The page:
The UK countryside will be dotted by more than 1,200 brand new wind turbines in the coming year. The Daily Telegraph reported that 763 onshore wind turbines are due to be set up by the end of the year with 4,366 presently in operation.
Furthermore, 7,843 turbines have already been approved and awaiting erection, taking the total number of turbines slated for construction to 10,000. Currently, wind power provides 10% of the country’s total electricity needs adding up to 8.2GW of power, which is sufficient enough to power up about 4.5 million homes per year.
Last year, even though some regarded the wind turbines as being blighting to the landscape, this did not deter the local council from giving their consent to the erection of more turbines for the very first time in over five years.
A reduction in subsidies and flexible planning rules are some of the factors which have contributed to the surge in the erection of wind turbines. Renewable UK revealed that last year the rate of approval for the erection of wind farms increased by 50%, adding that it was a welcome trend and that was coupled with the ongoing strong support for clean energy, with more than 60% of the total population being in favour of the ongoing growth in the wind energy sector.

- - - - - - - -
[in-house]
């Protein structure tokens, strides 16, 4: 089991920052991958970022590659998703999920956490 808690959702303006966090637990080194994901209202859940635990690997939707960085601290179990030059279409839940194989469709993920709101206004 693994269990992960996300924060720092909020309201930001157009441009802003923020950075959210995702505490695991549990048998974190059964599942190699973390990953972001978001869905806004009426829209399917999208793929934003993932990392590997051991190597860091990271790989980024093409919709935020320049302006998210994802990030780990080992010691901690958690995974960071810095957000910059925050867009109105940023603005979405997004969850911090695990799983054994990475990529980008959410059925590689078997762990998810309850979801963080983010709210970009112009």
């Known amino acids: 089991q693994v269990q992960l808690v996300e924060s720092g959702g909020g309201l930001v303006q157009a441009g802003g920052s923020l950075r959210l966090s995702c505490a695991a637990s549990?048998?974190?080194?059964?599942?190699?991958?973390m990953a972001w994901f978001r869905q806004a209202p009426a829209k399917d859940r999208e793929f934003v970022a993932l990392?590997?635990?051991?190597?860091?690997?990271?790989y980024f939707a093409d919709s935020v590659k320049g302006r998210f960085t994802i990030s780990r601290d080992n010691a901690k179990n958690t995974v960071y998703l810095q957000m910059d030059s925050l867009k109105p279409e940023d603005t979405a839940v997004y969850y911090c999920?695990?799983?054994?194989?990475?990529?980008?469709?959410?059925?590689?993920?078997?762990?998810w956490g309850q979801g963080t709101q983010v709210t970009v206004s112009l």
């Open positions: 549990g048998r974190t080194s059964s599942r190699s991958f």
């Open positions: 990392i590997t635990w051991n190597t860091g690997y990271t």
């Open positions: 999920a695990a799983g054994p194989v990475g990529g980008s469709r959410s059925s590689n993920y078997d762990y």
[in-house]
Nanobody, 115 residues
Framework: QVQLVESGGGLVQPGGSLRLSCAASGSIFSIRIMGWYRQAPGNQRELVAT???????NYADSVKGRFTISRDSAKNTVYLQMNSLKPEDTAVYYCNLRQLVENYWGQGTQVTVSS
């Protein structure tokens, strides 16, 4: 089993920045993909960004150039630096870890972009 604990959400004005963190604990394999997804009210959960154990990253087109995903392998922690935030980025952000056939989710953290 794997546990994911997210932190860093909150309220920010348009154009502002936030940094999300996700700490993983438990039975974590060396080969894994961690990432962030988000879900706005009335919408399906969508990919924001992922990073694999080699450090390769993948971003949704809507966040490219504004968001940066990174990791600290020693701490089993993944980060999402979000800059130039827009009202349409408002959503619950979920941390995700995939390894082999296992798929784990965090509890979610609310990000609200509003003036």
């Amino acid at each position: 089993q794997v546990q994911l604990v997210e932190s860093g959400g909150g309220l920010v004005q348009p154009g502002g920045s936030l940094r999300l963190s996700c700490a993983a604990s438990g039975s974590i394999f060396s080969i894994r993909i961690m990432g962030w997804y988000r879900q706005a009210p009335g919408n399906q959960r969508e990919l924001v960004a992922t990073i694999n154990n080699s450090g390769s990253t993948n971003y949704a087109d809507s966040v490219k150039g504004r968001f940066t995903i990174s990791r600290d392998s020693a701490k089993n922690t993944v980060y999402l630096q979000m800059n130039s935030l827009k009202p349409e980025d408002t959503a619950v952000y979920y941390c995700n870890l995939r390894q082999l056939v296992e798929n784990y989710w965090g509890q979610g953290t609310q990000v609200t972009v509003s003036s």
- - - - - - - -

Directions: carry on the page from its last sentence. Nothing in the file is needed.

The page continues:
However, the Renewable Energy Foundation’s director, Dr. John Constable is of the opinion that the increase is attributed more to the impending decrease in subsidy. He added that the country’s wind energy deployment, both off and on shore was ahead of the learning curve and that it needed to slow down so as to avoid placing an insupportable burden on the consumer and to also avoid risking a lot of investment.
The Minister for Energy, John Hayes, said that the wind farms being put in place were sufficient enough and that by 2020 the government will have the capacity to generate 13GW of power using onshore wind turbines.